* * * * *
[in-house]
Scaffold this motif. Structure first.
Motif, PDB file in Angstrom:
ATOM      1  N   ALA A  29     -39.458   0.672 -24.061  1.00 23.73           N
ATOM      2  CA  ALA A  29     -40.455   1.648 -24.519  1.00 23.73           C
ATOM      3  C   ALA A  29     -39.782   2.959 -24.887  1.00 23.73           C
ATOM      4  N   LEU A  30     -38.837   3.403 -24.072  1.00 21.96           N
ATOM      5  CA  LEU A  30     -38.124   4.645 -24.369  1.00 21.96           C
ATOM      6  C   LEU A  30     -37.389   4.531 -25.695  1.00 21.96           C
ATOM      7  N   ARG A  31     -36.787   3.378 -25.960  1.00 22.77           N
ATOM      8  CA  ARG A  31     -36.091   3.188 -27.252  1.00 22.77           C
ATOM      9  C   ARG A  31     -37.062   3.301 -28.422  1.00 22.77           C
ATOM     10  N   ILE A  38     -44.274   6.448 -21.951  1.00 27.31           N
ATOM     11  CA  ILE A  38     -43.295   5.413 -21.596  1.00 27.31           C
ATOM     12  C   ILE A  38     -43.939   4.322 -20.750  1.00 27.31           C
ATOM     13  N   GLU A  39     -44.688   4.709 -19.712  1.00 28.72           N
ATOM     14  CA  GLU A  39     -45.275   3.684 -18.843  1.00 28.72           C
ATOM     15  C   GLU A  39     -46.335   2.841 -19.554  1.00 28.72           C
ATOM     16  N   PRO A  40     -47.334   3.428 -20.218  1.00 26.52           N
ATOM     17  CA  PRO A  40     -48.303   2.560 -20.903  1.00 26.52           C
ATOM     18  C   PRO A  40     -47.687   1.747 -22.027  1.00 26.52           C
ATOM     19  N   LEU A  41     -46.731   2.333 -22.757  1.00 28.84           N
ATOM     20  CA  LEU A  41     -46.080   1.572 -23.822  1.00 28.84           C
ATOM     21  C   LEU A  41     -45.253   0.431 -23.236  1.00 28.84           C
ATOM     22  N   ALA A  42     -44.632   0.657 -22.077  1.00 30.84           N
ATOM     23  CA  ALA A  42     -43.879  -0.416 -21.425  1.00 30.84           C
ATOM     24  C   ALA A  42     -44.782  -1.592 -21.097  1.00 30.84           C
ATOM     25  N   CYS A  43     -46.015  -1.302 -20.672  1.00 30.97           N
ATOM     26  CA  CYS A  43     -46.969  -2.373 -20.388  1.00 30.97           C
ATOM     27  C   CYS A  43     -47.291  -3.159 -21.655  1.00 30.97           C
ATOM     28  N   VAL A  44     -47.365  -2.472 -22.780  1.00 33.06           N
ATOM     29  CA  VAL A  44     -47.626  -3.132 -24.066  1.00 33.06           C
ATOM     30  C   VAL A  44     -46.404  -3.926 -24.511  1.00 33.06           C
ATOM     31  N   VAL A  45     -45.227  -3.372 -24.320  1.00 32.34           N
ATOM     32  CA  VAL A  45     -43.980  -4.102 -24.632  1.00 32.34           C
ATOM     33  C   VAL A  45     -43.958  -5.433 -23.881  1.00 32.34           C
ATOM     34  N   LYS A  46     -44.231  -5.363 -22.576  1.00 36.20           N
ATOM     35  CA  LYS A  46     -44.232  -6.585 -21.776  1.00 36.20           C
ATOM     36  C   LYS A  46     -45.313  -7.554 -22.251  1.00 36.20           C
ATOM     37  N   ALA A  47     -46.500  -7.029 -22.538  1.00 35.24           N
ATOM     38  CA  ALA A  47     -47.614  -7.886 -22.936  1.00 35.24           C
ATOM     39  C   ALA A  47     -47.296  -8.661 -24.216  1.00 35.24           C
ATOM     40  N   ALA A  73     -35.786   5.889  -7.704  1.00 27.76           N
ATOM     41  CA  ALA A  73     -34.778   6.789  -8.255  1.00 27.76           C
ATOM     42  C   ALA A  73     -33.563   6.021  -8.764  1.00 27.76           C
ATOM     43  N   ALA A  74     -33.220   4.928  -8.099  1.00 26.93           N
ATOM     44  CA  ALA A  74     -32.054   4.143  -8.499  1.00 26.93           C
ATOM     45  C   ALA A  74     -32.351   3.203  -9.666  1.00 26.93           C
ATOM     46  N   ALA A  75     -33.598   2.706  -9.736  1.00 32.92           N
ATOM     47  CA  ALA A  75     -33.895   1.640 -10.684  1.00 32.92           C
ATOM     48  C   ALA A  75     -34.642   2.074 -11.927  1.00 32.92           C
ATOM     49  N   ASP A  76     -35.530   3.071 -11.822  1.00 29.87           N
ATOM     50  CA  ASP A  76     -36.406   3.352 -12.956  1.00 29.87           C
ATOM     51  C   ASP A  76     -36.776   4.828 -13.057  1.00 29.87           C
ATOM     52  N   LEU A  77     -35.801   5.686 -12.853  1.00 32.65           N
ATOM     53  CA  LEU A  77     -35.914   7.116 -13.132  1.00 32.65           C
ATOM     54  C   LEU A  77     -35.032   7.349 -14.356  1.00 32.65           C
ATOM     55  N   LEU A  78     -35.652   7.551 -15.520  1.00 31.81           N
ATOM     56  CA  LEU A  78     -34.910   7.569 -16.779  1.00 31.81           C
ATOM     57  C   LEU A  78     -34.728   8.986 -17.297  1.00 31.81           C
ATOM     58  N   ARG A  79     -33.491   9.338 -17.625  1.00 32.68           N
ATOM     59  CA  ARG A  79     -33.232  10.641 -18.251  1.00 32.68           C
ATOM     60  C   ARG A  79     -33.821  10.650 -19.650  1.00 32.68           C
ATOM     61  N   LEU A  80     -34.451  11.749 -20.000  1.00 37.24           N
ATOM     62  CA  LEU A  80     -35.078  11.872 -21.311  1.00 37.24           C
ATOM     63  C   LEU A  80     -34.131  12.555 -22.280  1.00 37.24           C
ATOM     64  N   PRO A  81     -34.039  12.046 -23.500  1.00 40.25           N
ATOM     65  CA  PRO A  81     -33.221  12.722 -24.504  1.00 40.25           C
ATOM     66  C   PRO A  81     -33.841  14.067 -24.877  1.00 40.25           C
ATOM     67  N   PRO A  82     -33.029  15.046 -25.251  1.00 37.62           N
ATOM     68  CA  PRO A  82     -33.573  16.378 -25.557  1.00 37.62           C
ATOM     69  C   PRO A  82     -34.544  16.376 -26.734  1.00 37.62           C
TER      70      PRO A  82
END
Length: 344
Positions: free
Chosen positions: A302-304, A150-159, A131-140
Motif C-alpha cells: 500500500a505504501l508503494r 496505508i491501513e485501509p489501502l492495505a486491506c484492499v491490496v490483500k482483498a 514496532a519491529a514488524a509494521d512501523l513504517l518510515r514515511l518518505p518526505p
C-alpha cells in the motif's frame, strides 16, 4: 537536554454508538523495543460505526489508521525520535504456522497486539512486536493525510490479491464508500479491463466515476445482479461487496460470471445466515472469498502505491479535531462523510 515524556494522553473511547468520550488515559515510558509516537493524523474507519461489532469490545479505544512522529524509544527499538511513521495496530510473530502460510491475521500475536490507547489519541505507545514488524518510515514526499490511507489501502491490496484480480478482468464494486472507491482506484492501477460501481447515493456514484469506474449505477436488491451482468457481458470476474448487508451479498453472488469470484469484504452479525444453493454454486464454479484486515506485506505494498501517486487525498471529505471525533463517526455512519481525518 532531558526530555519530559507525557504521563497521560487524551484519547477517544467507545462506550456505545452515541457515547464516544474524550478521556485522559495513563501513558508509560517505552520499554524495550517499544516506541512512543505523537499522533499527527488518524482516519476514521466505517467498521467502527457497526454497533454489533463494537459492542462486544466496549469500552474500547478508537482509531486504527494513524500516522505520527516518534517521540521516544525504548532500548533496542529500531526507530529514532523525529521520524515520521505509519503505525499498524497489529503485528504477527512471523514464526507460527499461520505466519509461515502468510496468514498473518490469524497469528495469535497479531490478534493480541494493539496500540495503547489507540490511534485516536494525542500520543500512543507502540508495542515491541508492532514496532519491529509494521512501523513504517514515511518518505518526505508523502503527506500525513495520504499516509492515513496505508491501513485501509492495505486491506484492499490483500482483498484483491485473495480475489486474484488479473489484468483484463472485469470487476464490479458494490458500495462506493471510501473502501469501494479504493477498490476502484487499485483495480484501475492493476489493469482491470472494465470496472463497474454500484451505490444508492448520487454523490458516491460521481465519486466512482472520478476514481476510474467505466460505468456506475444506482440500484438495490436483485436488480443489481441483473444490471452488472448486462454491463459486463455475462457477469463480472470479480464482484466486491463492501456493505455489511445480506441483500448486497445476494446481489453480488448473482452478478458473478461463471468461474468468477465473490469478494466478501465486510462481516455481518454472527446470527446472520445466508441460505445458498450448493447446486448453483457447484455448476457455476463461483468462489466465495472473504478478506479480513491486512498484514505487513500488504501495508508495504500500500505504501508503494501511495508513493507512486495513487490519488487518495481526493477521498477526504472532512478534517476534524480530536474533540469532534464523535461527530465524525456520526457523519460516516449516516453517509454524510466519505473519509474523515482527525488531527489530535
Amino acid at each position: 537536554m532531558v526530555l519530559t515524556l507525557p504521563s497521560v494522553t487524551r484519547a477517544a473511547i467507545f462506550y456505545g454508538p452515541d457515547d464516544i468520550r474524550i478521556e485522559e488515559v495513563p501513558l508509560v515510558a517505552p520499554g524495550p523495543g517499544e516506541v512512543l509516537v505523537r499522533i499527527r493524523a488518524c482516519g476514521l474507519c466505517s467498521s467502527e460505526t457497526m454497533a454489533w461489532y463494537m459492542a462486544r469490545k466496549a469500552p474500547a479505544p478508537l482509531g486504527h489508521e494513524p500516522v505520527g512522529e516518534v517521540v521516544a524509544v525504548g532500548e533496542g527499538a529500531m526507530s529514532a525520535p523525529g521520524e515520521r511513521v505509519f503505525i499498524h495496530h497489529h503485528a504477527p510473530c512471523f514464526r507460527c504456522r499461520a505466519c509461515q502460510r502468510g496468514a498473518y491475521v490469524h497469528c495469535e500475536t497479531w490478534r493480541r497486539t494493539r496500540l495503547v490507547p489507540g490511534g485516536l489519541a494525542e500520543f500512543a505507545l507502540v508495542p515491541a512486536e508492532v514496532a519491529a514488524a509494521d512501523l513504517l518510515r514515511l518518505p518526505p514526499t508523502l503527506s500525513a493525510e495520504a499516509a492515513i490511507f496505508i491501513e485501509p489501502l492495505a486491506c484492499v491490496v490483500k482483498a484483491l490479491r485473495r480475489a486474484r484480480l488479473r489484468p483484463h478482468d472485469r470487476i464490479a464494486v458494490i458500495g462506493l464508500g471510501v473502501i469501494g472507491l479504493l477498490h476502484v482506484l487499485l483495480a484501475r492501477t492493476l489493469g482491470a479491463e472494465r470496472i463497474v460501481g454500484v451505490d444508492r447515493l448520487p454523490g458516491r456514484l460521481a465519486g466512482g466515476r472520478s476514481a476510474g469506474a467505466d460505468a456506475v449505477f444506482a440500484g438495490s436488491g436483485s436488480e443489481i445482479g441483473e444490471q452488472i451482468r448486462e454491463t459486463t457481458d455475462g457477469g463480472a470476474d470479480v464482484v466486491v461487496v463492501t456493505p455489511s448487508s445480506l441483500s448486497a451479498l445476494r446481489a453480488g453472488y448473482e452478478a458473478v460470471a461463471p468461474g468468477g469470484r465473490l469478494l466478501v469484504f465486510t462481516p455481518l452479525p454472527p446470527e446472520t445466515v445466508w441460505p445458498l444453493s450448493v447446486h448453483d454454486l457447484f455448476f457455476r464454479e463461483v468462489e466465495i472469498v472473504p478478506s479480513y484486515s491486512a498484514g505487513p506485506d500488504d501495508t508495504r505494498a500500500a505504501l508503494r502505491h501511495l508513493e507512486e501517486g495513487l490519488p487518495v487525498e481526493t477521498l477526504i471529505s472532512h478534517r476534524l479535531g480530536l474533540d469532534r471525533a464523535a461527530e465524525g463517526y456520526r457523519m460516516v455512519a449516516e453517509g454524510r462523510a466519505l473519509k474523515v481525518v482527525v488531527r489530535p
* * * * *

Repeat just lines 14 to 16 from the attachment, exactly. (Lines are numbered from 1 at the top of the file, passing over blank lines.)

ATOM     11  CA  ILE A  38     -43.295   5.413 -21.596  1.00 27.31           C
ATOM     12  C   ILE A  38     -43.939   4.322 -20.750  1.00 27.31           C
ATOM     13  N   GLU A  39     -44.688   4.709 -19.712  1.00 28.72           N